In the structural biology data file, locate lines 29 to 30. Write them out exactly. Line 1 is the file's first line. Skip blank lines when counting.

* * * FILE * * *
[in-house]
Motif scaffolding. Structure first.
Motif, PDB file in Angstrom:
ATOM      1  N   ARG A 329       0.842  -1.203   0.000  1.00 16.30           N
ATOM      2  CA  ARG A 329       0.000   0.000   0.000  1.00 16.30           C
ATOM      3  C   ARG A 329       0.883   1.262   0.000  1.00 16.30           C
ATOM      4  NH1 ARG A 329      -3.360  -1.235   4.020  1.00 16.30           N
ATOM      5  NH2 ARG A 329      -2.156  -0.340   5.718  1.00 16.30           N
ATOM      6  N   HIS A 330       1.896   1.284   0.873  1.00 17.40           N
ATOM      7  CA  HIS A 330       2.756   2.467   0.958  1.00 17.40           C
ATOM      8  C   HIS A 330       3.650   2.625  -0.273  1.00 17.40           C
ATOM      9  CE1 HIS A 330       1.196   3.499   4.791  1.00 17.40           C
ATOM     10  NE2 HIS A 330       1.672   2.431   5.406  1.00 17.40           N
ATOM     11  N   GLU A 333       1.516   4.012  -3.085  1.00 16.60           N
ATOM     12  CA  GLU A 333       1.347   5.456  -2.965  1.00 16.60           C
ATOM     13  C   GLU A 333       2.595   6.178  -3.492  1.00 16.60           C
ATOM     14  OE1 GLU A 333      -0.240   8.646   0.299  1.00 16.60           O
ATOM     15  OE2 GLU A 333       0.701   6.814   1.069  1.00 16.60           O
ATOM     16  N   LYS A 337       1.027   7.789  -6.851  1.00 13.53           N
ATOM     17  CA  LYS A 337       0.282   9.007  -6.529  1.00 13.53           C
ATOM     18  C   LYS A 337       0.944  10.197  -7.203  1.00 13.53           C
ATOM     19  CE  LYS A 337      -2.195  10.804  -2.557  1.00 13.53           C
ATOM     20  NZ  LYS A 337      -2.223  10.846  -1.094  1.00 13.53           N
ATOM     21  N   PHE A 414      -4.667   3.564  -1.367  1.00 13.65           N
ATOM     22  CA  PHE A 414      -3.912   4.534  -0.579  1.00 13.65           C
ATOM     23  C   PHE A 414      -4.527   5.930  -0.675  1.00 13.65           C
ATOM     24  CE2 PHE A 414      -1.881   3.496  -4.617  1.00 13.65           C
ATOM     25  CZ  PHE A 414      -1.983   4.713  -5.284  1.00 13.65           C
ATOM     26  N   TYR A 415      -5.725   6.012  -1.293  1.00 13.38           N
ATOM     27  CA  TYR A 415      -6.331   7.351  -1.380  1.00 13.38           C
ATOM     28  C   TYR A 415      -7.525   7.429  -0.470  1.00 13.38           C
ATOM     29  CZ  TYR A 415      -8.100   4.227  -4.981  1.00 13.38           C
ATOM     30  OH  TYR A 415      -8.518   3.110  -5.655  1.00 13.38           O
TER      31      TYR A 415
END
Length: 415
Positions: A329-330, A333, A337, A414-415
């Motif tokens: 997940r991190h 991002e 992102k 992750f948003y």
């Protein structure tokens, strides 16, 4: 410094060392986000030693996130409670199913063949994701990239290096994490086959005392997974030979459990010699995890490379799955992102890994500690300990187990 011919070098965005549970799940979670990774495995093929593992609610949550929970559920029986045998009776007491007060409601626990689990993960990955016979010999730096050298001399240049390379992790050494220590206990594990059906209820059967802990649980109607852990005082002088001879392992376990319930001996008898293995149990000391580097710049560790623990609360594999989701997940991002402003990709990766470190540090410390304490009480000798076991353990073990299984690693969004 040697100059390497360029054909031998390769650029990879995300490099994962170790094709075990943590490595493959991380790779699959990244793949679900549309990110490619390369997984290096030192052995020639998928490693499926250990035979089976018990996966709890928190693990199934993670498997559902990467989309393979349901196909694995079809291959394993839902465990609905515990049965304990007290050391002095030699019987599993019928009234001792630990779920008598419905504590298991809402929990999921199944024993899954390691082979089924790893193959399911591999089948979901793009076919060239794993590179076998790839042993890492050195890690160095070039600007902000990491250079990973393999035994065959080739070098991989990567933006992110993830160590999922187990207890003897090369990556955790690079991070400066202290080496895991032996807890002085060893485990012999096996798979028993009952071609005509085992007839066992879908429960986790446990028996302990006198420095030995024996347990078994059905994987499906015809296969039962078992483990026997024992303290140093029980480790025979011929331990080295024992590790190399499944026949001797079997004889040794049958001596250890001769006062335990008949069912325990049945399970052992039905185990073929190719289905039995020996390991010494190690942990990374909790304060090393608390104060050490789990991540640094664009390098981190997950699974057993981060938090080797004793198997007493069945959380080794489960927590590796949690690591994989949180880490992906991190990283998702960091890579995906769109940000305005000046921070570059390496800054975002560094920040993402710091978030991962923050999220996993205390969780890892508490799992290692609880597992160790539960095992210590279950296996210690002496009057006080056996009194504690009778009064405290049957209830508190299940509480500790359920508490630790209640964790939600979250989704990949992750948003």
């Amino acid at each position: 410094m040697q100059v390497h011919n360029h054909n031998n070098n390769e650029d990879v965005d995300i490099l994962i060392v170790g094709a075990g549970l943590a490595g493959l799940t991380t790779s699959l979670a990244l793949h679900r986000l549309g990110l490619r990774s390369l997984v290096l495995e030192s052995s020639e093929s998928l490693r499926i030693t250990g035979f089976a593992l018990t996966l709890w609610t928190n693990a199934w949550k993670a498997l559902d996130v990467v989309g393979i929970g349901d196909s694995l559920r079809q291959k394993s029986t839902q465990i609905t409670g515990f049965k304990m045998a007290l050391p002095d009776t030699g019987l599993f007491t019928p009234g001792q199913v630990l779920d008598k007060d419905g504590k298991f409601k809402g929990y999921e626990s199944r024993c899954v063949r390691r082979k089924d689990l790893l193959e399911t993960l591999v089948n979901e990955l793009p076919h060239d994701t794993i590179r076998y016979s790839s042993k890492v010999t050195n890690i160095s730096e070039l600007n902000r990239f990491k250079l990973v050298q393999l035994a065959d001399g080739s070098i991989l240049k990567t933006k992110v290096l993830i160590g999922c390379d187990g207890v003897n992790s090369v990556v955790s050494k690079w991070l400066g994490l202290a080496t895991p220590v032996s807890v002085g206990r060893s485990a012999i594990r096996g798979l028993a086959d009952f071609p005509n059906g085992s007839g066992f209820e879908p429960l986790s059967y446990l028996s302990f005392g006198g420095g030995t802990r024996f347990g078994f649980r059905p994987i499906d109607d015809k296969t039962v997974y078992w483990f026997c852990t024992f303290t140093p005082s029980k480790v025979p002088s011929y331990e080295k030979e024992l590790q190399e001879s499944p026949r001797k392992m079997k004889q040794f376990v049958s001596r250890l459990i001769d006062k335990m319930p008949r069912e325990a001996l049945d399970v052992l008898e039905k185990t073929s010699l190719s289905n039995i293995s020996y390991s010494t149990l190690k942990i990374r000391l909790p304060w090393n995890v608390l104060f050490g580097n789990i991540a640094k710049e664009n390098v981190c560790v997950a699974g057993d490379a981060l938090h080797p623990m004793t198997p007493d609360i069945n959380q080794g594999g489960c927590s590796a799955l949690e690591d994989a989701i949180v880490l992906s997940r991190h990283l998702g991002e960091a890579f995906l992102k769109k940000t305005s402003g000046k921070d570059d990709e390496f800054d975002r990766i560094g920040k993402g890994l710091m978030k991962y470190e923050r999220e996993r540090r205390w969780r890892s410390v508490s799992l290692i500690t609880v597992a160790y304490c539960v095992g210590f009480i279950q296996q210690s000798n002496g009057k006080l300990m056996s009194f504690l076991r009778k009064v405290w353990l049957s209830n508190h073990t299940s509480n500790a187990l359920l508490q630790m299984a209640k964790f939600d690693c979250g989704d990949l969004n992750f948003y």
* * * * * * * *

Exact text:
ATOM     26  N   TYR A 415      -5.725   6.012  -1.293  1.00 13.38           N
ATOM     27  CA  TYR A 415      -6.331   7.351  -1.380  1.00 13.38           C